"It's all over the board, and we try to accommodate our kids as best we can," Shelby said.
After talking to Shelby, we tried to get in touch with Taft to see if she stood by her blog post. She referred us only to an updated blog post that went up the night after we asked for comment. In her new post, she says she may have "conflated his (Shelby’s) ‘checking it out’ with the other confirmations but it's not a lie -- intentional or otherwise."
She then goes on to dissect a response from Shelby, which reads, in part: "Rigler School does not have any students that pray as part of their school day. This includes, Muslims, Christians, Jews, Mormons and other groups mentioned in the article. Consequently, the school does not have any space or equipment devoted to any type of religious practice at school. Four years ago, Rigler did have two brothers who asked permission to pray during their lunch during Ramadan. The school did give them a quiet space to use; they missed no instructional time to do so and only prayed once a day. Those are the facts."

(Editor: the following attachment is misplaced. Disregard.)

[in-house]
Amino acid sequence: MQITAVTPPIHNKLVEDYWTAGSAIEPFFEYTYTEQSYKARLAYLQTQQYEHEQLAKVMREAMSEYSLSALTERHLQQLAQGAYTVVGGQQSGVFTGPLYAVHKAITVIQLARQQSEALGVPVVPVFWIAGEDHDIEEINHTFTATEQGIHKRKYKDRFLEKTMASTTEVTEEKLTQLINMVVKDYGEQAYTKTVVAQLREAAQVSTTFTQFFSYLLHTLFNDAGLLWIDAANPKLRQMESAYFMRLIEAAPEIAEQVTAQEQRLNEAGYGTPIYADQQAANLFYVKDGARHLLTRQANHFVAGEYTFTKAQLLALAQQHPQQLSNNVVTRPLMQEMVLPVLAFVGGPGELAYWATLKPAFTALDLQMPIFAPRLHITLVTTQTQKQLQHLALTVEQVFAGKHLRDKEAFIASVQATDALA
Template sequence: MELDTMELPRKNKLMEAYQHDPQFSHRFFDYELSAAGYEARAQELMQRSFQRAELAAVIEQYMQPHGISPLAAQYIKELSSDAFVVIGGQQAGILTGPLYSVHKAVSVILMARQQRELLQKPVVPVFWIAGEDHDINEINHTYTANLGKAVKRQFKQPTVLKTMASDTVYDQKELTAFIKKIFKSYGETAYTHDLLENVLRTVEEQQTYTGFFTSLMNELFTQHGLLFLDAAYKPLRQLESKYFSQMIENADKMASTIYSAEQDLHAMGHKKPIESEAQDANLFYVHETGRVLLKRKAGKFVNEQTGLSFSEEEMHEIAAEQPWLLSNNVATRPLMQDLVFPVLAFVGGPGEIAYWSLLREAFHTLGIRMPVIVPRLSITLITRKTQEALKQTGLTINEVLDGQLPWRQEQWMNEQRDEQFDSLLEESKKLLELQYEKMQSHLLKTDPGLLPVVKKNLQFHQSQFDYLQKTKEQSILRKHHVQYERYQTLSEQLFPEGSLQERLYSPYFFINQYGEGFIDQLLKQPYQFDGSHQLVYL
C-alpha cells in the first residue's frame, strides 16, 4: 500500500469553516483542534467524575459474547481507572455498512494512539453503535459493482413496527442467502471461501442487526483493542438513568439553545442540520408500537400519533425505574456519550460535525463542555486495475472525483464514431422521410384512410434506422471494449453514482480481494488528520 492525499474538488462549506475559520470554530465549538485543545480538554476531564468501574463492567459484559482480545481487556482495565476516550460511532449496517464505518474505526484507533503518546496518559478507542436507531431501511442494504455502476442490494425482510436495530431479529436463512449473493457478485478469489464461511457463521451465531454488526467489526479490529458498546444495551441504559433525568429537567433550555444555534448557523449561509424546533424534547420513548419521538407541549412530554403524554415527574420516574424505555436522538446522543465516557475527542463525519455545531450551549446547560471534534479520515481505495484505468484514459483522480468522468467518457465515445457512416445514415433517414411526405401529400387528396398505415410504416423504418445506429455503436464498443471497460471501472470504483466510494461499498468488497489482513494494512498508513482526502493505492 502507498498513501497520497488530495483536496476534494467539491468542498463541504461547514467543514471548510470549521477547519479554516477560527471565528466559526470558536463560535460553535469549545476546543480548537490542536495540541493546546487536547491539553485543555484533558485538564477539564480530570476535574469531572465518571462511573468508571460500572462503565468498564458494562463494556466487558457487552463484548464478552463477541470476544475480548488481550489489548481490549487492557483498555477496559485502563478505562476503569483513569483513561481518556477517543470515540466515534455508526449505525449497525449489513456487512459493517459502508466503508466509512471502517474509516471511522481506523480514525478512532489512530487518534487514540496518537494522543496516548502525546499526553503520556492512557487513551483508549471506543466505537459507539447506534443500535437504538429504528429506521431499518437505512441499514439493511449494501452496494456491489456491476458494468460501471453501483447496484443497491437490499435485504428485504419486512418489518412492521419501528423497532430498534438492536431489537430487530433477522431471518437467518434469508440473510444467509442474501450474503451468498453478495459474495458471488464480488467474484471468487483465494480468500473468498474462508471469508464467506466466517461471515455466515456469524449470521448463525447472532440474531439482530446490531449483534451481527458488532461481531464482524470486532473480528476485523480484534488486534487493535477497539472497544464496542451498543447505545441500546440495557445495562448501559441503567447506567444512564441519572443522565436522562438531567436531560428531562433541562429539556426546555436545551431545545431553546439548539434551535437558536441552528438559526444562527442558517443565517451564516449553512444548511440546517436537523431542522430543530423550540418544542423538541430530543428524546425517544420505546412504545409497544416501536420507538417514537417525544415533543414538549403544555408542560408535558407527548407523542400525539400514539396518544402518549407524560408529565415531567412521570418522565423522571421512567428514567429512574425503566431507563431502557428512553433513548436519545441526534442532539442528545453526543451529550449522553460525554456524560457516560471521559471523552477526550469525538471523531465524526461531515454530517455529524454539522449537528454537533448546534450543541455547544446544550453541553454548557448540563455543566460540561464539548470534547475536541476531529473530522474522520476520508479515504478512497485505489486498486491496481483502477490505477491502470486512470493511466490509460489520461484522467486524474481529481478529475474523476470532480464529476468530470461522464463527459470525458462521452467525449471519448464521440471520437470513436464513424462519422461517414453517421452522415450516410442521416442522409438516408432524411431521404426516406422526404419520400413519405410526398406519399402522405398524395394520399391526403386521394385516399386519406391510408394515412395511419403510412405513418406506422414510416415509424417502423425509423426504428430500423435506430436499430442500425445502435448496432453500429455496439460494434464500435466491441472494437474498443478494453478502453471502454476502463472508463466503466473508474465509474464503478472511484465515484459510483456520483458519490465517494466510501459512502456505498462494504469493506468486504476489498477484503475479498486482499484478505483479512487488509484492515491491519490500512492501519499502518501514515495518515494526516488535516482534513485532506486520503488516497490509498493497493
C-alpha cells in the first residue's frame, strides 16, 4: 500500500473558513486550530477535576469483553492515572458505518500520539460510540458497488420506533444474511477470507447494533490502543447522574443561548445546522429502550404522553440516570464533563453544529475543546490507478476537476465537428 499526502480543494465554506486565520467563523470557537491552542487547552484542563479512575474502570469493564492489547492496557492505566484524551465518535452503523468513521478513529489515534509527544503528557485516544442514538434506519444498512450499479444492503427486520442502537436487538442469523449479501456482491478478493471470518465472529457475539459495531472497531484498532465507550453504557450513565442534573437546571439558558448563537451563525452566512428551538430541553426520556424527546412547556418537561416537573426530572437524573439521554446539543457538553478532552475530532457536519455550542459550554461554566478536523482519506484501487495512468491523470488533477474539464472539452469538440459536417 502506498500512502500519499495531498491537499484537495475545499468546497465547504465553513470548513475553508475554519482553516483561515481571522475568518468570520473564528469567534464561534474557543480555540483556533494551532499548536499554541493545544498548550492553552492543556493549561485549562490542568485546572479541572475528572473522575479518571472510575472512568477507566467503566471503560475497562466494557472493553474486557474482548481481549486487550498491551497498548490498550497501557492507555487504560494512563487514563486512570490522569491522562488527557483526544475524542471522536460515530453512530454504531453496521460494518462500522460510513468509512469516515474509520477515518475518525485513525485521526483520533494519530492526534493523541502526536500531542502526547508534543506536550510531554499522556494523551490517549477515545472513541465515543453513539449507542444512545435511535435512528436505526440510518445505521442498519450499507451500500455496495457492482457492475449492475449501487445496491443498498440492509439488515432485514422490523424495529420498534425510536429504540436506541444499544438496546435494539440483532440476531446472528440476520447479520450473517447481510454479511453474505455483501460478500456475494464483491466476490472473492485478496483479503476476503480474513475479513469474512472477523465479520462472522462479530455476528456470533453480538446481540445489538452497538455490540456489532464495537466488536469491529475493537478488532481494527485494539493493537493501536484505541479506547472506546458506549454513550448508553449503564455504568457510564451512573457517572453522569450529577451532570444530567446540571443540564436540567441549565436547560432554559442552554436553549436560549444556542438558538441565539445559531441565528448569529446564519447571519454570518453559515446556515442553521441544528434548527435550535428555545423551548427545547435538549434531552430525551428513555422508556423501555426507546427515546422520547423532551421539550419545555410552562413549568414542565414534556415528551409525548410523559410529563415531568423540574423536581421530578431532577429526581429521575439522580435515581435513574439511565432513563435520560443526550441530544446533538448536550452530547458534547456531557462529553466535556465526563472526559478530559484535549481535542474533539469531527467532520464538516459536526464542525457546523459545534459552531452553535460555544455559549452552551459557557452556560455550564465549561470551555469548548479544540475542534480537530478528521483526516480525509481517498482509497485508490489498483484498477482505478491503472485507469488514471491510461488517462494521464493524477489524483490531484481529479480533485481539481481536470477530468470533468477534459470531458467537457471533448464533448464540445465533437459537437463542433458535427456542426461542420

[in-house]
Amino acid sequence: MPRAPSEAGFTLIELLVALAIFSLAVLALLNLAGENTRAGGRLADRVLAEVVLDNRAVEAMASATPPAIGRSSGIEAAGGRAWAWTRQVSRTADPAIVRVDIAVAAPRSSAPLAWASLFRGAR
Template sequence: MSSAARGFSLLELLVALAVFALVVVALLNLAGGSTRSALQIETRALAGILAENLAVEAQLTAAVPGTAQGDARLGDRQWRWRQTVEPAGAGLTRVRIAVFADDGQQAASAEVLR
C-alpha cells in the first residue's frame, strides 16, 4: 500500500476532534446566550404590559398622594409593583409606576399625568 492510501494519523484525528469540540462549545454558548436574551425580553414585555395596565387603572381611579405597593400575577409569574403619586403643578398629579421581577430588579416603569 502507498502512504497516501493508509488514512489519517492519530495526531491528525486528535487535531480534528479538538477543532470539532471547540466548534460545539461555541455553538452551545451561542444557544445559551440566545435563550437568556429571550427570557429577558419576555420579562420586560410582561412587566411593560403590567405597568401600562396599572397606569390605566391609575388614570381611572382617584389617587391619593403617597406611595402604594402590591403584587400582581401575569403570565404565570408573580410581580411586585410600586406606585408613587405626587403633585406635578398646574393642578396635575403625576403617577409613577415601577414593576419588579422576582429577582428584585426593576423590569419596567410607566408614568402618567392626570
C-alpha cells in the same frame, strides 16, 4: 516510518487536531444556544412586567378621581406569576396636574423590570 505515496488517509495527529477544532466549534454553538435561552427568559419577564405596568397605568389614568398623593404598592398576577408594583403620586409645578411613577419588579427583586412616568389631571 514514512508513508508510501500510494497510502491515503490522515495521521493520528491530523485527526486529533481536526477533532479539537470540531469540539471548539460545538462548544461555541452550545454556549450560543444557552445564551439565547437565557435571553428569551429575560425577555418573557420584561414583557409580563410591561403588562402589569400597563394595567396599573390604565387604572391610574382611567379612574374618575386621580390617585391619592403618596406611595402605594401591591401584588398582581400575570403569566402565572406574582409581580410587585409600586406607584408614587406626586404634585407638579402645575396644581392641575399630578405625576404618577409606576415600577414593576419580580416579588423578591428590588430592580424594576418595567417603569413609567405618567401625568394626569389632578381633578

Taft cites this as proof that her original post was accurate. She says, "Shelby confirms that the district has provided a spot at the school to pray."
It's true, he does. But Taft’s original post went much further than that. She said that the students were praying five times a day (instead of once), that the school let them out of class (it was during lunch), that the school gave them a prayer room (it was an unused office) and prayer rugs (nope), and that other religions would not be similarly accommodated (they are).
We tried to get in touch with Taft one last time to let her address these loose ends. She declined. "I'll just leave my comments as is," she wrote in an e-mail.
Well, given that, we find the claim to be not only false but ridiculous: Pants on Fire.